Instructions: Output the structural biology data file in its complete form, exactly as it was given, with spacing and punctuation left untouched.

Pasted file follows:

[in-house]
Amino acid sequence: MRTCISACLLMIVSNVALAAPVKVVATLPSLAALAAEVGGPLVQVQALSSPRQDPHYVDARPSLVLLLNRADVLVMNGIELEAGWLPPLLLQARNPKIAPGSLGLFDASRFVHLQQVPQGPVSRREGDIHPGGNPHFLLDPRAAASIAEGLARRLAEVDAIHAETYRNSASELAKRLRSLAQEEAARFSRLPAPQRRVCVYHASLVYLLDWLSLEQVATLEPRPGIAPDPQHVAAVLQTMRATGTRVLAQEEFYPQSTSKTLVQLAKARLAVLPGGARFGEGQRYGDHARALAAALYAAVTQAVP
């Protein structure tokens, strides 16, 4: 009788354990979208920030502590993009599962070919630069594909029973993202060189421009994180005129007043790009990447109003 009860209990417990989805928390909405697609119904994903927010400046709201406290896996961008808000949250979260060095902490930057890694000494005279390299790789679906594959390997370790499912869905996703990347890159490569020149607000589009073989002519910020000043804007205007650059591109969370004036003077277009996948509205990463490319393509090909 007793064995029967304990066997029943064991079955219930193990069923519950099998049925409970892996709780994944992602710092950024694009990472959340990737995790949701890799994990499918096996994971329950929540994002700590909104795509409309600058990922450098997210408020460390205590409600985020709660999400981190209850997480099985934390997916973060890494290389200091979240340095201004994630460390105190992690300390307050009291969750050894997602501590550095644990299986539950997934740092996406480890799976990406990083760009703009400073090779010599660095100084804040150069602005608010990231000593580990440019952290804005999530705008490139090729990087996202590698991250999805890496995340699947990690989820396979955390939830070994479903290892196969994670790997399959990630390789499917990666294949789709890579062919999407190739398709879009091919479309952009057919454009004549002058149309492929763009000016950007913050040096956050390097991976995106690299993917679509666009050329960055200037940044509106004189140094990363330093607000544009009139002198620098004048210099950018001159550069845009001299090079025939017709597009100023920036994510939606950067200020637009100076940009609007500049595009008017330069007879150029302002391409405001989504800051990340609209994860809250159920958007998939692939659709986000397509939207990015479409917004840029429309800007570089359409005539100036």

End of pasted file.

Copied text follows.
[in-house]
Amino acid sequence: MRTCISACLLMIVSNVALAAPVKVVATLPSLAALAAEVGGPLVQVQALSSPRQDPHYVDARPSLVLLLNRADVLVMNGIELEAGWLPPLLLQARNPKIAPGSLGLFDASRFVHLQQVPQGPVSRREGDIHPGGNPHFLLDPRAAASIAEGLARRLAEVDAIHAETYRNSASELAKRLRSLAQEEAARFSRLPAPQRRVCVYHASLVYLLDWLSLEQVATLEPRPGIAPDPQHVAAVLQTMRATGTRVLAQEEFYPQSTSKTLVQLAKARLAVLPGGARFGEGQRYGDHARALAAALYAAVTQAVP
């Protein structure tokens, strides 16, 4: 009788354990979208920030502590993009599962070919630069594909029973993202060189421009994180005129007043790009990447109003 009860209990417990989805928390909405697609119904994903927010400046709201406290896996961008808000949250979260060095902490930057890694000494005279390299790789679906594959390997370790499912869905996703990347890159490569020149607000589009073989002519910020000043804007205007650059591109969370004036003077277009996948509205990463490319393509090909 007793064995029967304990066997029943064991079955219930193990069923519950099998049925409970892996709780994944992602710092950024694009990472959340990737995790949701890799994990499918096996994971329950929540994002700590909104795509409309600058990922450098997210408020460390205590409600985020709660999400981190209850997480099985934390997916973060890494290389200091979240340095201004994630460390105190992690300390307050009291969750050894997602501590550095644990299986539950997934740092996406480890799976990406990083760009703009400073090779010599660095100084804040150069602005608010990231000593580990440019952290804005999530705008490139090729990087996202590698991250999805890496995340699947990690989820396979955390939830070994479903290892196969994670790997399959990630390789499917990666294949789709890579062919999407190739398709879009091919479309952009057919454009004549002058149309492929763009000016950007913050040096956050390097991976995106690299993917679509666009050329960055200037940044509106004189140094990363330093607000544009009139002198620098004048210099950018001159550069845009001299090079025939017709597009100023920036994510939606950067200020637009100076940009609007500049595009008017330069007879150029302002391409405001989504800051990340609209994860809250159920958007998939692939659709986000397509939207990015479409917004840029429309800007570089359409005539100036």